Institute for War and Peace Reporting | Giving Voice, Driving Change

Liberia: Healing the Wounds of Civil War

Most Liberians say they are ready to forgive, if not forget, atrocities committed by fighters.
By IWPR
Jerome Verdier’s best friend's mother still weeps when she sees him. Sixteen years ago, her son left the house he shared with his old schoolmate to look for food just as Liberia's civil war was beginning to rage. Charles Peah never came home, one of tens of thousands of Liberians who simply disappeared into unmarked graves.



Now Verdier's new job as head of Liberia's Truth and Reconciliation Commission, TRC, means he may come face to face with the people who killed his friend.



"He was like a little brother to me. We met in second grade, grew up in the same community, and then he moved away but came back to live with me because of the war," Verdier, a US-trained environmental lawyer, told IWPR. "He never came home from the food search. Even now his mother cries if she sees me."



The dynamic young lawyer and civil rights activist is among nine prominent Liberians given the responsibility, as TRC commissioners, of healing the wounds caused by decades of vicious conflict interrupted by periods of fragile peace. During the worst days of the war, he organised food distribution and struggled to document abuses, risking the wrath of the factions who battled to control Monrovia, the capital city.



He remembers narrowly escaping execution when his would-be killers were distracted by a passing food lorry. "They held us at gunpoint and ordered us to strip," he said. "That [escape] was by the grace of God."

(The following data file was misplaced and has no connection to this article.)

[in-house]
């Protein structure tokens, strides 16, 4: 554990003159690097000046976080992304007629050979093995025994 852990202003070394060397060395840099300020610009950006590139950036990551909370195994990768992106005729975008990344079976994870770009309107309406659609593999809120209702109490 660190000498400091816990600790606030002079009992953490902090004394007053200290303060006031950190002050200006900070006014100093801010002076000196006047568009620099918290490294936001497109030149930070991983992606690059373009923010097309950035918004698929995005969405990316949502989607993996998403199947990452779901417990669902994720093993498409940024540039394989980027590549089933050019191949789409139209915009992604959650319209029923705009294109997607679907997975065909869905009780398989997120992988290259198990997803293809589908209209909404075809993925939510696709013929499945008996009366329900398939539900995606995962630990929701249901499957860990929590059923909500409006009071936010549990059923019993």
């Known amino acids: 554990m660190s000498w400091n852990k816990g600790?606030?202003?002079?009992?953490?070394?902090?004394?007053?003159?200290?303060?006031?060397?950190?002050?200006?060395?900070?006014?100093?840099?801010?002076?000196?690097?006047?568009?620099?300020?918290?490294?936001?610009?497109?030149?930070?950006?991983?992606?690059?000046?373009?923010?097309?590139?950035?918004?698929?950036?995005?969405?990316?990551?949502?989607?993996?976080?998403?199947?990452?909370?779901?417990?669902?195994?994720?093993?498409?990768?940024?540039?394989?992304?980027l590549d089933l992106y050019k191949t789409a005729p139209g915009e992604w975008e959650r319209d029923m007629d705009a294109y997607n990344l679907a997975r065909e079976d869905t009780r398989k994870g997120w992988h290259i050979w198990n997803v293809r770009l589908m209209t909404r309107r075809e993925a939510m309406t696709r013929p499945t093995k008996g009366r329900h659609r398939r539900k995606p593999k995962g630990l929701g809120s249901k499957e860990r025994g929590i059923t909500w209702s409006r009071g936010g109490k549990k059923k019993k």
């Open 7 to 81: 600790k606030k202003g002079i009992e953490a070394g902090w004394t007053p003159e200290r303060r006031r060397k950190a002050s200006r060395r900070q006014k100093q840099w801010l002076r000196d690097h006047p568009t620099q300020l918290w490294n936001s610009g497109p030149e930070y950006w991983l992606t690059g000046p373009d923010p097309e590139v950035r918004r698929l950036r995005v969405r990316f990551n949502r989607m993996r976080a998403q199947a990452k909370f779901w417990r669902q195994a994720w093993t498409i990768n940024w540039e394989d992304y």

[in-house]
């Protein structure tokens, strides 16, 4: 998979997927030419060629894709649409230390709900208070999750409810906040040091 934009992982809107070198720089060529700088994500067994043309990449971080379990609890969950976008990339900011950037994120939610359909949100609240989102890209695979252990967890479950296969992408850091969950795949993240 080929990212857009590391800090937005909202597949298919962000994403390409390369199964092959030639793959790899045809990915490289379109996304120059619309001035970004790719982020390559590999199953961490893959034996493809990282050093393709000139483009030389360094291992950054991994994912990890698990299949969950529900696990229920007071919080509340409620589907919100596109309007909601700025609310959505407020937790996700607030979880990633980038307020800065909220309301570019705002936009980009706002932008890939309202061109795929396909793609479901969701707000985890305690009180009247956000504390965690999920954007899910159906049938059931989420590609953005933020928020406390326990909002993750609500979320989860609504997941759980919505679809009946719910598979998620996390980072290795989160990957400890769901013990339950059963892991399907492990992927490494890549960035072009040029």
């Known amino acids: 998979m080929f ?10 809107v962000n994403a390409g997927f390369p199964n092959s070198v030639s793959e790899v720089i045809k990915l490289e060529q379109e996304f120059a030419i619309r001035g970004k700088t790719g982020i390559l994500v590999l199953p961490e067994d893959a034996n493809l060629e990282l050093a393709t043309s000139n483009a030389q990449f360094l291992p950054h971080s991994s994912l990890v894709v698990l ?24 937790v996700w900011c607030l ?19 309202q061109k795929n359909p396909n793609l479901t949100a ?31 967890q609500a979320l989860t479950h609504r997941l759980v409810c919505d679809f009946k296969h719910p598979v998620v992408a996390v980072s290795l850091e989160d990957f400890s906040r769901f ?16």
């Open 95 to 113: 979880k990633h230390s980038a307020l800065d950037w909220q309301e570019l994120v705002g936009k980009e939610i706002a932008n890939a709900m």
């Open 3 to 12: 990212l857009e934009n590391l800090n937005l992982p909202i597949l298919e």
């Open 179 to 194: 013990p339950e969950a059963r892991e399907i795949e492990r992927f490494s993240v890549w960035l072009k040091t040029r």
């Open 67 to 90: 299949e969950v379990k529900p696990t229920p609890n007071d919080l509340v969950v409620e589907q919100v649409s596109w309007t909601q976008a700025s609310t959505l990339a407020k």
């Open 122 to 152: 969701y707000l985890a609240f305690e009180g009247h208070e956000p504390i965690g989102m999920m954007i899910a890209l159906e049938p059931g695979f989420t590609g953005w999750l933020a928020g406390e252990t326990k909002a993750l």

Although Verdier himself was lucky, an estimated quarter of a million people in a population of just over three million died during the longest period of civil war, lasting 14 years. Hundreds of thousands more were raped, robbed or mutilated.



Now, after more than two years of peace, the country is struggling to reintegrate over one hundred thousand disarmed ex-combatants back into the society they victimised. Many of them were children, abducted from their families and forced to commit atrocities by a mixture of drugs and threats.



"This country may never find its bearings and reconcile its people if the truth about its past is not adequately revealed and understood and its people made to account for their actions. People died, people lost properties, people have been displaced, people are in refugee camps … The TRC will follow all leads. It will assemble all pieces of evidence and whatever evidence points to any Liberian, inside and outside of Liberia," said Verdier.